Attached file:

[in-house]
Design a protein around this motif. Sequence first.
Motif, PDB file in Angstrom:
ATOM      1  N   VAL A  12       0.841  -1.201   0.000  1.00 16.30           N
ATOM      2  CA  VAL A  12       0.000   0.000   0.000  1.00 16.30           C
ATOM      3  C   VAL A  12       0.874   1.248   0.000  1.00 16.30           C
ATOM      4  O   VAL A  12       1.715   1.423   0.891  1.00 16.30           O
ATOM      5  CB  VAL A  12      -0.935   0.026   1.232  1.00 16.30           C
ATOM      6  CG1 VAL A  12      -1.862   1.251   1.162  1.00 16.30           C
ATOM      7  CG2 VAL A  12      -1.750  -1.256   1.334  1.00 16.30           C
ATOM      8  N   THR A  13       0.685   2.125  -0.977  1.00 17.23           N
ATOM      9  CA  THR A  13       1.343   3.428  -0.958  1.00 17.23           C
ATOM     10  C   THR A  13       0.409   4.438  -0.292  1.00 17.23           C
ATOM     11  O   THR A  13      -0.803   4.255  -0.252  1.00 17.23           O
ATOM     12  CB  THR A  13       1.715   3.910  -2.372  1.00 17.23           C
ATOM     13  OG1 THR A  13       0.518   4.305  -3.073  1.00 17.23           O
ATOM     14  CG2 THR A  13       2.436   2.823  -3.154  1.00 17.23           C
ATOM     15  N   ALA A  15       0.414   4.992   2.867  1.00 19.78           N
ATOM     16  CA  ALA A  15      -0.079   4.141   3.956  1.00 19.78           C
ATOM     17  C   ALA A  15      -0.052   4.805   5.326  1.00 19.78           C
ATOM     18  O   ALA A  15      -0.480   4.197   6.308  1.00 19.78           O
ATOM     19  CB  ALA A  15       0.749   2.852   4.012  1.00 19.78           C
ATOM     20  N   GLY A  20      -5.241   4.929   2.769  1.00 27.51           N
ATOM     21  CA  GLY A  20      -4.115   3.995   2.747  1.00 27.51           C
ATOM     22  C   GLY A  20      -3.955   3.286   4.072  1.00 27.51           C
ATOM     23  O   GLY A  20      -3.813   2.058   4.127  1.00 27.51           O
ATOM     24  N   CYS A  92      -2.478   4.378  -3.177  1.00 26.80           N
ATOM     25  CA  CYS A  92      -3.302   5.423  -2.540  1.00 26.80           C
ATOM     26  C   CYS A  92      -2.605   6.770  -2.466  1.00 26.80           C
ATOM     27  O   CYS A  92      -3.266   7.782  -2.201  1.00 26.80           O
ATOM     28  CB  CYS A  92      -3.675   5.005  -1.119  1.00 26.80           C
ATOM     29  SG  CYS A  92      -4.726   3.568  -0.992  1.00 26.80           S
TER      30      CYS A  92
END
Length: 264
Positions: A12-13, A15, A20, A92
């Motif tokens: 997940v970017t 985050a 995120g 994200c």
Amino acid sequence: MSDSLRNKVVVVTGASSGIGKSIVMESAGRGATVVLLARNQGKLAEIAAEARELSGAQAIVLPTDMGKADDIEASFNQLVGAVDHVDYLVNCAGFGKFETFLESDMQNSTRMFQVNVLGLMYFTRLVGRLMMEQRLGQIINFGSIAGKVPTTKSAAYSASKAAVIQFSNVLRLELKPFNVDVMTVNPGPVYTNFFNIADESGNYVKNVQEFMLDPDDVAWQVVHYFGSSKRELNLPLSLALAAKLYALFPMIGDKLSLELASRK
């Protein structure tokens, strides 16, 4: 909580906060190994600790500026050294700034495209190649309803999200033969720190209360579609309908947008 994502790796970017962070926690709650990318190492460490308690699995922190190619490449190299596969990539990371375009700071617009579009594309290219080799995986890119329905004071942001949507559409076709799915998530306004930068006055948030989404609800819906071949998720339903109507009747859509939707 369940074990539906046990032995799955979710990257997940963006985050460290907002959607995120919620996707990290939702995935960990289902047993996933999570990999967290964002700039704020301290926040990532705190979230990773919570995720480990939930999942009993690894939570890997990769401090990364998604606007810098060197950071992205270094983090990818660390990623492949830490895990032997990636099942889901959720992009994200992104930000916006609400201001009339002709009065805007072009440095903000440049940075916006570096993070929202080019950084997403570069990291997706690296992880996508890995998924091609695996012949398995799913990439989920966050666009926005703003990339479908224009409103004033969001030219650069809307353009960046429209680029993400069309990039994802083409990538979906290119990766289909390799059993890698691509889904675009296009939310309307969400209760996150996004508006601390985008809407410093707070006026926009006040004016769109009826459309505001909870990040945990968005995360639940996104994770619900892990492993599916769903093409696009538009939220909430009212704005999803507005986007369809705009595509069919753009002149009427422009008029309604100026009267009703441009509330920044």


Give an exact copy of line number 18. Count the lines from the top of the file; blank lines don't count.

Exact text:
ATOM     15  N   ALA A  15       0.414   4.992   2.867  1.00 19.78           N